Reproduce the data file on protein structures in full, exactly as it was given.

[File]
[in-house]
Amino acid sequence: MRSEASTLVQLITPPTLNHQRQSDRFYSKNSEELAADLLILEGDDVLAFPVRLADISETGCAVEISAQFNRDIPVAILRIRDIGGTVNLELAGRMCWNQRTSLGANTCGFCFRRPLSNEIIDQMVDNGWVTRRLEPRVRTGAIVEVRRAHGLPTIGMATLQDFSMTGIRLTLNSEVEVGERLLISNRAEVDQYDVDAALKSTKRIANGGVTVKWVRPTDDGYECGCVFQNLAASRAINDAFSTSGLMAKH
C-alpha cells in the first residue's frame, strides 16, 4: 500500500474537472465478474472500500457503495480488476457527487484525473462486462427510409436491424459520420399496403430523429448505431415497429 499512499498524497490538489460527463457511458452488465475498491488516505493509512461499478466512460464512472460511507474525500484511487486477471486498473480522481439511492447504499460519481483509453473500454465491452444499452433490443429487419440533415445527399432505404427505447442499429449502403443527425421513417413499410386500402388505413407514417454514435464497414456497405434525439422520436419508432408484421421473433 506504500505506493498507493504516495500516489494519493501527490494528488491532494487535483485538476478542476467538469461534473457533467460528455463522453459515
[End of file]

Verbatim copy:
[in-house]
Amino acid sequence: MRSEASTLVQLITPPTLNHQRQSDRFYSKNSEELAADLLILEGDDVLAFPVRLADISETGCAVEISAQFNRDIPVAILRIRDIGGTVNLELAGRMCWNQRTSLGANTCGFCFRRPLSNEIIDQMVDNGWVTRRLEPRVRTGAIVEVRRAHGLPTIGMATLQDFSMTGIRLTLNSEVEVGERLLISNRAEVDQYDVDAALKSTKRIANGGVTVKWVRPTDDGYECGCVFQNLAASRAINDAFSTSGLMAKH
C-alpha cells in the first residue's frame, strides 16, 4: 500500500474537472465478474472500500457503495480488476457527487484525473462486462427510409436491424459520420399496403430523429448505431415497429 499512499498524497490538489460527463457511458452488465475498491488516505493509512461499478466512460464512472460511507474525500484511487486477471486498473480522481439511492447504499460519481483509453473500454465491452444499452433490443429487419440533415445527399432505404427505447442499429449502403443527425421513417413499410386500402388505413407514417454514435464497414456497405434525439422520436419508432408484421421473433 506504500505506493498507493504516495500516489494519493501527490494528488491532494487535483485538476478542476467538469461534473457533467460528455463522453459515